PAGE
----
Opinion: Councilmember Squilla should rethink his stance on Washington Ave.
Slimming down Washington Ave. ignores its role as an evacuation route and a key connection in South Philadelphia, according to these “road diet” opponents.
The future of Washington Avenue has sparked fierce debate about safety and gentrification among community members in the area. This op-ed represents one perspective of the ongoing debate. For another, see here.
As a lifelong resident of South Philadelphia, some of my earliest memories of Washington Avenue is of a long line of cargo trains rumbling down the street, bringing critical materials and supplies to the manufacturing, warehousing, and retail businesses that provide jobs, goods, and services to our working-class city.
Unfortunately, for the last few years our neighborhood has been under siege from unplanned, reckless gentrification. Long-term residents and owners of small businesses are being pushed out by big developers and affluent folks who wish to transform our neighborhood to suit their own expensive tastes. The harm to long-term residents was ignored, leading to the founding of the North of Washington Avenue Coalition (NOWAC).
NOWAC initially welcomed the long-overdue plans to repave Washington Avenue.
However, we were blindsided when the Office of Transportation, Infrastructure, and Sustainability (OTIS) presented us with a plan to put Washington Avenue on a “road diet” that radically narrowed this key commercial corridor. A group of long-term residents and small business owners immediately formed Save Washington Avenue Coalition (SWAC) to oppose this dangerously misguided plan.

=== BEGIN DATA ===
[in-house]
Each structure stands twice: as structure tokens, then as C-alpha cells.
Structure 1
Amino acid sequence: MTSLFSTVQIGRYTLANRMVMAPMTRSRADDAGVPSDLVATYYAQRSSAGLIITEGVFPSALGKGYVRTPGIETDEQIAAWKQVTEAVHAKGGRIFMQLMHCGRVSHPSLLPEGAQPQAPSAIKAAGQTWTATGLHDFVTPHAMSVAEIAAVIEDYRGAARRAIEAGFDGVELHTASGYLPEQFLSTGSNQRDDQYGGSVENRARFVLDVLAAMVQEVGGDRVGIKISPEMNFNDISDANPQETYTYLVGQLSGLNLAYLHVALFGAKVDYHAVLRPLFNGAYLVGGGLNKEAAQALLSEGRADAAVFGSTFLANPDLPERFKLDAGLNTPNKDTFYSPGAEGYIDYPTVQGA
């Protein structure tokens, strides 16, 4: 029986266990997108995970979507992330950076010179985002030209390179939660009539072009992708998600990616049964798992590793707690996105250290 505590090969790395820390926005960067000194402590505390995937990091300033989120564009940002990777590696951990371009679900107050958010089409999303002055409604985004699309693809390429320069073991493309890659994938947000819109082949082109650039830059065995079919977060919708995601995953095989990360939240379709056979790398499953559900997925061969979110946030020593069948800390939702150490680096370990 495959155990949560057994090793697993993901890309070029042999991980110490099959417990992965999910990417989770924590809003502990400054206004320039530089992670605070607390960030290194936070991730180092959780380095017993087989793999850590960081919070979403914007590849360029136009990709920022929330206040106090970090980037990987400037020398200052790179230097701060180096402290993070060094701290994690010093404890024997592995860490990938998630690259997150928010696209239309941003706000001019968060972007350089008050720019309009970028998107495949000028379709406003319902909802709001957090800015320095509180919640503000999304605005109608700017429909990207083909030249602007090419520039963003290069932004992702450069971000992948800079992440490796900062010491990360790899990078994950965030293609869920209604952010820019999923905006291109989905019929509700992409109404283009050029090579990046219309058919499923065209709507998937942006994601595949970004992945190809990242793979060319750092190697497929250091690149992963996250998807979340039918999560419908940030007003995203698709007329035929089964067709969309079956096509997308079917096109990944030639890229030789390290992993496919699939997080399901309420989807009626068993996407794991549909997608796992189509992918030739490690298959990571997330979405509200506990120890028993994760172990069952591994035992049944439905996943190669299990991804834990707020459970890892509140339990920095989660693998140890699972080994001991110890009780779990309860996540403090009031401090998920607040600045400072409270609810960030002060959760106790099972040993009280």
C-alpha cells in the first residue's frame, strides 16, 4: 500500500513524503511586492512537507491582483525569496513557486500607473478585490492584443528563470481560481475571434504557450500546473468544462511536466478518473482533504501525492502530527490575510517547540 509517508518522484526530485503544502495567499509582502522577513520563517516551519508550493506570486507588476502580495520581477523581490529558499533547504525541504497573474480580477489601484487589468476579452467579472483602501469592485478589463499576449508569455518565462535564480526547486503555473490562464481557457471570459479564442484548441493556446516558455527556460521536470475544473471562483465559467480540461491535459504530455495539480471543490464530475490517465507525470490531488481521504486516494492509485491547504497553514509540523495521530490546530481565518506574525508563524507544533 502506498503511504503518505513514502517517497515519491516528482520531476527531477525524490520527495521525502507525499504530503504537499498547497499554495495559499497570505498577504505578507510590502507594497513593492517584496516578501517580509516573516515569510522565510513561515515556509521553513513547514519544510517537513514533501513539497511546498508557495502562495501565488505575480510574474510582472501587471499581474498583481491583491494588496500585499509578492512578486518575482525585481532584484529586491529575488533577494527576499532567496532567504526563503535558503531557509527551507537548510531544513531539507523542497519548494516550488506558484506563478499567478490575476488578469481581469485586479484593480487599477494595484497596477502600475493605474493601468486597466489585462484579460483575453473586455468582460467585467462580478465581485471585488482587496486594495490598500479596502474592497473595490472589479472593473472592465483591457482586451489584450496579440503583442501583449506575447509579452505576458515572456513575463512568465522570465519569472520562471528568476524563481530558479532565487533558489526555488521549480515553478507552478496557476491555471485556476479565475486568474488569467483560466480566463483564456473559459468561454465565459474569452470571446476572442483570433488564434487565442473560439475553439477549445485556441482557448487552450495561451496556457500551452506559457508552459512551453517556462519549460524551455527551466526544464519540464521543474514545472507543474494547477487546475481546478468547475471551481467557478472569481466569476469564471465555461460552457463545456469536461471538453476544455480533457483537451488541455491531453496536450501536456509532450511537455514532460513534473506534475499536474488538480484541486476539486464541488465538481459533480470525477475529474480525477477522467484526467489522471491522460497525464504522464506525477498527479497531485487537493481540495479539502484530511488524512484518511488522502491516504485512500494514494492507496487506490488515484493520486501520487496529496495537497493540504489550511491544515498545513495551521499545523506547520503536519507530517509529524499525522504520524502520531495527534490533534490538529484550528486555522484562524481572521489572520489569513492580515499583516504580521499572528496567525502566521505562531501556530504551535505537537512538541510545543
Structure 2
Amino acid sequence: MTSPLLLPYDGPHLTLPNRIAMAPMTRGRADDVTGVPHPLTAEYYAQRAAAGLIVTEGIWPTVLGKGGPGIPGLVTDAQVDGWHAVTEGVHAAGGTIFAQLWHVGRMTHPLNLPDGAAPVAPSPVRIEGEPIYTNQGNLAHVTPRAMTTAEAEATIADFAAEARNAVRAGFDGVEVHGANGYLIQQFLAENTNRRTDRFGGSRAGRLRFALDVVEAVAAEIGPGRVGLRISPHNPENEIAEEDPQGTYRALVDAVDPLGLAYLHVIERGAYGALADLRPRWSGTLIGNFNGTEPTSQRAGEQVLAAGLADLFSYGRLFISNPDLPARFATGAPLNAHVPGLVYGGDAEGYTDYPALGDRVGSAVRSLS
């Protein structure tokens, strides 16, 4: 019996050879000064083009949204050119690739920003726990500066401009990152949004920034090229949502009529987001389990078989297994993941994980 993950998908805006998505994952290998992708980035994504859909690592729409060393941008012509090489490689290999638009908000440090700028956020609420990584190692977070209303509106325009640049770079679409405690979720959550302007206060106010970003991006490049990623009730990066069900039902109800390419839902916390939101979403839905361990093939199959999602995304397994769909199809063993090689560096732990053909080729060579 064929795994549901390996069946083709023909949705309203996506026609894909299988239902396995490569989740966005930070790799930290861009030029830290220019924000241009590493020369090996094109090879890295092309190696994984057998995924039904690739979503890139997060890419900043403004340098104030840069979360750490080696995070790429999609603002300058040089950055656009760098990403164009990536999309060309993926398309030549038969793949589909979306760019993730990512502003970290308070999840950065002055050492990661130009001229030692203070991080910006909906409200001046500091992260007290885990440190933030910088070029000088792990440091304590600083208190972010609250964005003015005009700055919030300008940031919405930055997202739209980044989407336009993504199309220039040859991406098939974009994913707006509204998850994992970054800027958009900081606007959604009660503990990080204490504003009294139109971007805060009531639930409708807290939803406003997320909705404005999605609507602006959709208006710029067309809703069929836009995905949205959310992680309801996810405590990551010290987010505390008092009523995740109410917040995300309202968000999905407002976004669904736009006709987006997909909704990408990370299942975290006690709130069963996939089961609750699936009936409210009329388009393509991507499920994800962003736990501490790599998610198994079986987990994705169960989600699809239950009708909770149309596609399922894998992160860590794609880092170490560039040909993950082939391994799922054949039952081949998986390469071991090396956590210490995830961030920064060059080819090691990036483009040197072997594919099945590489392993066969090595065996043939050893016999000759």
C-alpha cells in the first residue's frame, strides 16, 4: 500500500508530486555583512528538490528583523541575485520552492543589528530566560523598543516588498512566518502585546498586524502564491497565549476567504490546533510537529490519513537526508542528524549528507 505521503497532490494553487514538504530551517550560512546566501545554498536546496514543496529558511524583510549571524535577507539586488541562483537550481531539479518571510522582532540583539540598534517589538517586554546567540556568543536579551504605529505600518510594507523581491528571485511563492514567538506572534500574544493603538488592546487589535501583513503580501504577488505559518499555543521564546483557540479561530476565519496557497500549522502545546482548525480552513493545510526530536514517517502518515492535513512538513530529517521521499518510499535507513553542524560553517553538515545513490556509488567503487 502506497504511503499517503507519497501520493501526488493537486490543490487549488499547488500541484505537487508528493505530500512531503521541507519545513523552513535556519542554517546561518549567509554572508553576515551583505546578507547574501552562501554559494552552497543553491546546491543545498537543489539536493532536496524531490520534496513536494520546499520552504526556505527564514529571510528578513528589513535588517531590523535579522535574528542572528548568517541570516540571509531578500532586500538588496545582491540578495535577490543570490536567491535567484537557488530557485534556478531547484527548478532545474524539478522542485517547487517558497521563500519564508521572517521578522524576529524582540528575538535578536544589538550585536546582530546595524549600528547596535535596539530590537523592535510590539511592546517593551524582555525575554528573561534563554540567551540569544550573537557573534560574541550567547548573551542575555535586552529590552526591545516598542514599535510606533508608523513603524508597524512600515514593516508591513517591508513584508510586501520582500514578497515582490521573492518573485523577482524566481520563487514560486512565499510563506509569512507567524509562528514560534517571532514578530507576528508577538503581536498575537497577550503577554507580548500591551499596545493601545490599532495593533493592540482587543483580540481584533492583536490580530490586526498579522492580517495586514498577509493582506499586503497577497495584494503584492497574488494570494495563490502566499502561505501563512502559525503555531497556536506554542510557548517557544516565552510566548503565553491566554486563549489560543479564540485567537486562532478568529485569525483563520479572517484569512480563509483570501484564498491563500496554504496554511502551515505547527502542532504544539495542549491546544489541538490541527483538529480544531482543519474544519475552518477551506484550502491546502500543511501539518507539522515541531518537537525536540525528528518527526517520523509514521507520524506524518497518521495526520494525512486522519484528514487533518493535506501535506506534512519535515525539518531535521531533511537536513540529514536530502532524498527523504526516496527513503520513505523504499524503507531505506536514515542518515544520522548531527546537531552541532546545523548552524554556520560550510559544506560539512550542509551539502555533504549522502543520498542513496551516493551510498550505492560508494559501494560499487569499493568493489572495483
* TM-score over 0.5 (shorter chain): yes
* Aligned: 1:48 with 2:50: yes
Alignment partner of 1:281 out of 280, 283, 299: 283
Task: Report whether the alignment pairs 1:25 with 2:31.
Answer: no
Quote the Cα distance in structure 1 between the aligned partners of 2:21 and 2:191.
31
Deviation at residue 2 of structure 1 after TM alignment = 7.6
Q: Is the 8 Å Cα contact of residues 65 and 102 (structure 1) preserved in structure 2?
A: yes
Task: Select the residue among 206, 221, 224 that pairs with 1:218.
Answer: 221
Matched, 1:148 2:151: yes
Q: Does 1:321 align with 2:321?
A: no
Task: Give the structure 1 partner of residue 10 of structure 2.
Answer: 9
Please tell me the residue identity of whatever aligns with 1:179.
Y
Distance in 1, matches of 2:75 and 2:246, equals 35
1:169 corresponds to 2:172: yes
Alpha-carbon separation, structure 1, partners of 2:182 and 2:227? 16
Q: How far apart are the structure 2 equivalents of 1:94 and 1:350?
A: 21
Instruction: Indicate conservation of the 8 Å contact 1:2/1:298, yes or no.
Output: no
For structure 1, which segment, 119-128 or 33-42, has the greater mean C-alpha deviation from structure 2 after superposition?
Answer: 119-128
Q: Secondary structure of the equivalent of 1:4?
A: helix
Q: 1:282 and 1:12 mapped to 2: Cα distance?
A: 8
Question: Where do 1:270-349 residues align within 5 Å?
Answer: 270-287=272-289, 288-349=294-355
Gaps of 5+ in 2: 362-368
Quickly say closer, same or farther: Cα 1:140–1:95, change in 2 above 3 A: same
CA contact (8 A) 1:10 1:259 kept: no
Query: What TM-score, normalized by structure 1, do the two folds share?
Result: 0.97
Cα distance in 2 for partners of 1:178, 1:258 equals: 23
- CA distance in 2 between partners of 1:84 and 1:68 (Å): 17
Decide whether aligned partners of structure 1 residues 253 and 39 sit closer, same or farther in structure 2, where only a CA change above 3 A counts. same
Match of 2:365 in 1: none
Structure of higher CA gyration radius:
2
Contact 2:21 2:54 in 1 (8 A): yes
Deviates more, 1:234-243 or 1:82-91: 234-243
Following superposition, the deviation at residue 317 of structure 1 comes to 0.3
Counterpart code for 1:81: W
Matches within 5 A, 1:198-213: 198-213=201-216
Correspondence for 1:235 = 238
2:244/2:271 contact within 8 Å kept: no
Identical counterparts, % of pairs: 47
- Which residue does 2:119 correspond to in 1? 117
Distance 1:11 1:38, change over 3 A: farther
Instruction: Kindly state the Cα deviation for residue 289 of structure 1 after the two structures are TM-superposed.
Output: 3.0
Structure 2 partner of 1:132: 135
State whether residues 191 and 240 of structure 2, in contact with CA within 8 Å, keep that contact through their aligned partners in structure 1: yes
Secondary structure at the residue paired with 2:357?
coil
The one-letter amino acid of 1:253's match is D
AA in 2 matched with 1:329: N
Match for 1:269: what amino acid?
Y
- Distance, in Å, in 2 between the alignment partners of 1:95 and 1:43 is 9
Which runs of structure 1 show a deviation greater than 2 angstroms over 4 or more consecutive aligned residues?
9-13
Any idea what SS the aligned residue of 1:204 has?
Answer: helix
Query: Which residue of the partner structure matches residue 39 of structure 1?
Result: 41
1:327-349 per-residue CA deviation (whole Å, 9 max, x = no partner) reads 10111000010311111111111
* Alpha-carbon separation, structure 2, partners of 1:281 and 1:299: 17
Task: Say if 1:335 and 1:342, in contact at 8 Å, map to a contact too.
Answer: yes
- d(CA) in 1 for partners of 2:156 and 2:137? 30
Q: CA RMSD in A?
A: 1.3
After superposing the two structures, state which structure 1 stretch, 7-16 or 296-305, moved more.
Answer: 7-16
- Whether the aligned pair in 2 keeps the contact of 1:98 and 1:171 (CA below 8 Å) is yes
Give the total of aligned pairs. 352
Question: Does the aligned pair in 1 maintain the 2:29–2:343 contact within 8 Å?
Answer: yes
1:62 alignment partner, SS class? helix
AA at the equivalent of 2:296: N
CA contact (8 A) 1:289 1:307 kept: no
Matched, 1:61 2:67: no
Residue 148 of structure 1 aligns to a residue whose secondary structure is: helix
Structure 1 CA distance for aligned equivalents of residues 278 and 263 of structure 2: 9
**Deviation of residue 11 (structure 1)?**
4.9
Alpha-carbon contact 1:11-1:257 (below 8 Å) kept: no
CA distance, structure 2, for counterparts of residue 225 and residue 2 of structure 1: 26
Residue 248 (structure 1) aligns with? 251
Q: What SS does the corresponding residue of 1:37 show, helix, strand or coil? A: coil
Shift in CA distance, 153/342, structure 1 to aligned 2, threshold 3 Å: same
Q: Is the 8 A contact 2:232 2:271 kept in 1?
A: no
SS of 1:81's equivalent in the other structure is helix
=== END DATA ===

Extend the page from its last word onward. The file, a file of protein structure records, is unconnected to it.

Washington Avenue is a critical evacuation and emergency route for residents of South and Southwest Philadelphia. As the only five-lane street in South Philadelphia, it connects residents, businesses, and emergency responders to two major interstates and the Walt Whitman Bridge.
On numerous occasions, Washington Avenue has been the only means of escape for thousands of residents who live near the Philadelphia Energy Solutions Refinery, now shut down and rebranded into the Bellwether District, located on a floodplain where the risk of flooding increases every year.
The tank farm that remains at the site of the shuttered refinery stores tons of flammable pollutants and the refinery complex has a long history of fires and explosions. In June 2019, residents woke up to a loud bang and the screeching sirens of fire trucks and first responder vehicles when the refinery exploded, sending huge flames and toxic chemicals into the air. Many residents fled their homes. In August 2021, a fuel tank ignited at the site, drawing more than 100 emergency responders to the site.
Such dangerous incidents and natural disasters such as flooding are only going to accelerate with aging infrastructure and climate change. Thanks to environmental racism, these emergencies will particularly harm people of color who have been relegated to neighborhoods near the refinery since the early 20th century.